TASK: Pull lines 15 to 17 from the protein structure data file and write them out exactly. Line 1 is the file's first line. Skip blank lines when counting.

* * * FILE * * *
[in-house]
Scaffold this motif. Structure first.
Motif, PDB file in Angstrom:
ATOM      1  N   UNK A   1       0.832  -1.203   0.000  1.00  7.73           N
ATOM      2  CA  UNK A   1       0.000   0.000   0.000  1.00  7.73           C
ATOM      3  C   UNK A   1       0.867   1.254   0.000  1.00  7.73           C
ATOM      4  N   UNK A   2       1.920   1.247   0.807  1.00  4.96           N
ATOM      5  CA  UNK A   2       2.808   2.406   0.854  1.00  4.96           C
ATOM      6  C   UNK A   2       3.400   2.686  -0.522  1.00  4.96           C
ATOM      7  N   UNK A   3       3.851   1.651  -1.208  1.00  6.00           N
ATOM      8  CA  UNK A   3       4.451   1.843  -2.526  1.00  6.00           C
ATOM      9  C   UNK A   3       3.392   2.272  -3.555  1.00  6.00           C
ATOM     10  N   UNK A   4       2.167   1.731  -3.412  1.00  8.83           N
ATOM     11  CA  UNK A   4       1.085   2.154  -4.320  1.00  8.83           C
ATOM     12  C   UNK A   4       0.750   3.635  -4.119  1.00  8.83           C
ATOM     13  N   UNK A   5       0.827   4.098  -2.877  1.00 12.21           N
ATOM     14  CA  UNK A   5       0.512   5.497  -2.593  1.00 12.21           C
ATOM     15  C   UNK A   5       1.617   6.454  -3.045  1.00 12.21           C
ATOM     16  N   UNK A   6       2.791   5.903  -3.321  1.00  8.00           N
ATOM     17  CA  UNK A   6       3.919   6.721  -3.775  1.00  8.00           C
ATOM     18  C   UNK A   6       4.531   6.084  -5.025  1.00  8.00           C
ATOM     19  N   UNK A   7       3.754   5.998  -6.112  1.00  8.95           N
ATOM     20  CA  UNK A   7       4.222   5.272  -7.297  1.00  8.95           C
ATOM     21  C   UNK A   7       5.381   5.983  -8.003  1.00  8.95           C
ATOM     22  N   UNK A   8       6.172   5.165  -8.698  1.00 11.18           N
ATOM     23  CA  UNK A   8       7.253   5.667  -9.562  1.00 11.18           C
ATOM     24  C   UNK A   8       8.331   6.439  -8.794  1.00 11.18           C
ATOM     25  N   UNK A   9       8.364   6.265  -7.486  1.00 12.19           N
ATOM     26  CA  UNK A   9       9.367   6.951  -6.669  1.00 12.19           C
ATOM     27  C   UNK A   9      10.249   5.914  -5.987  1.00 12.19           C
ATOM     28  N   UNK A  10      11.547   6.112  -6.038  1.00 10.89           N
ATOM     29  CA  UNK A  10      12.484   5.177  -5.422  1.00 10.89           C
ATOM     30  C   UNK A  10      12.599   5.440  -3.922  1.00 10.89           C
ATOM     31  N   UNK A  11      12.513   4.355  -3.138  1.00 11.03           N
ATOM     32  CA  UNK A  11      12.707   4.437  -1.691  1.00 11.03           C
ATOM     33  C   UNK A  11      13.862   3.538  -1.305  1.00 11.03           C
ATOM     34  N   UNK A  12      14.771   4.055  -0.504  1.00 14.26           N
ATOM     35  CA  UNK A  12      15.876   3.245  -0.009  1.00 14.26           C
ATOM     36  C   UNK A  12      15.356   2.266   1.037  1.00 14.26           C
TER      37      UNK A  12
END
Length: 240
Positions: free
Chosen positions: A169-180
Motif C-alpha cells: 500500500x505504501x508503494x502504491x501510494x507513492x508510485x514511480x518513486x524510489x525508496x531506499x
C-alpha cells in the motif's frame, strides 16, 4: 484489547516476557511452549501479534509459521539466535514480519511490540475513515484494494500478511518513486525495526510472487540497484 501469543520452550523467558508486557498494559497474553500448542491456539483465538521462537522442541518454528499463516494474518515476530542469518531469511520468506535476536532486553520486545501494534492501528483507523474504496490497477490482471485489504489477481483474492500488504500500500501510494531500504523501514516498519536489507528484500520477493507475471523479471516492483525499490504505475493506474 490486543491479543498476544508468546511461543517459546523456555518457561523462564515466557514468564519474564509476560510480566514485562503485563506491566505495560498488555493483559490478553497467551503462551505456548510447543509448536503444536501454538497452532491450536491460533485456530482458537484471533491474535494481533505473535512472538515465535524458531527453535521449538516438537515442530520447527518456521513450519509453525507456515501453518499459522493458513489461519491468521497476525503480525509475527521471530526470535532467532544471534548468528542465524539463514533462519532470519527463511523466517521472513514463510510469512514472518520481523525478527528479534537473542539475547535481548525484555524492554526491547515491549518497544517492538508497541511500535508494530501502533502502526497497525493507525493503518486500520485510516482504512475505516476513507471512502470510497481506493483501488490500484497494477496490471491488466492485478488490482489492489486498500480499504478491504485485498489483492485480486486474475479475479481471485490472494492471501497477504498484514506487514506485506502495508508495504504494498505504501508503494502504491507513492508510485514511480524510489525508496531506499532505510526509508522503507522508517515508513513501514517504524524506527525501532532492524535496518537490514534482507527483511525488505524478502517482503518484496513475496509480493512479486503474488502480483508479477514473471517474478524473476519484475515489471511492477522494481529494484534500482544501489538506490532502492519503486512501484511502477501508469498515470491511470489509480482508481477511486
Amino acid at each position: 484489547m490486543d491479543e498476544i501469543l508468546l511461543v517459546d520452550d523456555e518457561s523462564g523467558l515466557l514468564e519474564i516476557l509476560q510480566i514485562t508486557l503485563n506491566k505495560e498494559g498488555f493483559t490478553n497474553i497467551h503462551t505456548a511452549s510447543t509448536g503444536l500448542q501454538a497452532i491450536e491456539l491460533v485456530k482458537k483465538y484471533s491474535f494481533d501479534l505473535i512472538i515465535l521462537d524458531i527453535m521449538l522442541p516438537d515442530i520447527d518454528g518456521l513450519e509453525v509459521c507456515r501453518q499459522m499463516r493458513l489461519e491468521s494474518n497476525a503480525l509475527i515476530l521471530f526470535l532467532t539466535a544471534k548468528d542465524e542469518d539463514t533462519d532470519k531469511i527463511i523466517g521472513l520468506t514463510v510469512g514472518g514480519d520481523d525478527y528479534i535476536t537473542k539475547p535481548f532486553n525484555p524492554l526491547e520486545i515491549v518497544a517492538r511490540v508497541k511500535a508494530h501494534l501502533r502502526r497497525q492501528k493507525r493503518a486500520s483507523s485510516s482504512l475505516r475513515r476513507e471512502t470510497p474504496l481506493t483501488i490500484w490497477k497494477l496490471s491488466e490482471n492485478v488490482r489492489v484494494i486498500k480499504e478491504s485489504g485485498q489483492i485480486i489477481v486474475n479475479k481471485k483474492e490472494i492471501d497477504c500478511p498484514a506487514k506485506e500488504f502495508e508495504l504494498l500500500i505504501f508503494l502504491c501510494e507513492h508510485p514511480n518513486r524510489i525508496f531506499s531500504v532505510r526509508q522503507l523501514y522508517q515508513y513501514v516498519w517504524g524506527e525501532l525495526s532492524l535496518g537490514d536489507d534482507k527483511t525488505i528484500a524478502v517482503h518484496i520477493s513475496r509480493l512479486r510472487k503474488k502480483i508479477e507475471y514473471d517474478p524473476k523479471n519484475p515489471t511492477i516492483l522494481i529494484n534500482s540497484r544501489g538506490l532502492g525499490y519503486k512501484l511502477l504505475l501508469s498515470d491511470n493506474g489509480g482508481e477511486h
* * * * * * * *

ATOM     12  C   UNK A   4       0.750   3.635  -4.119  1.00  8.83           C
ATOM     13  N   UNK A   5       0.827   4.098  -2.877  1.00 12.21           N
ATOM     14  CA  UNK A   5       0.512   5.497  -2.593  1.00 12.21           C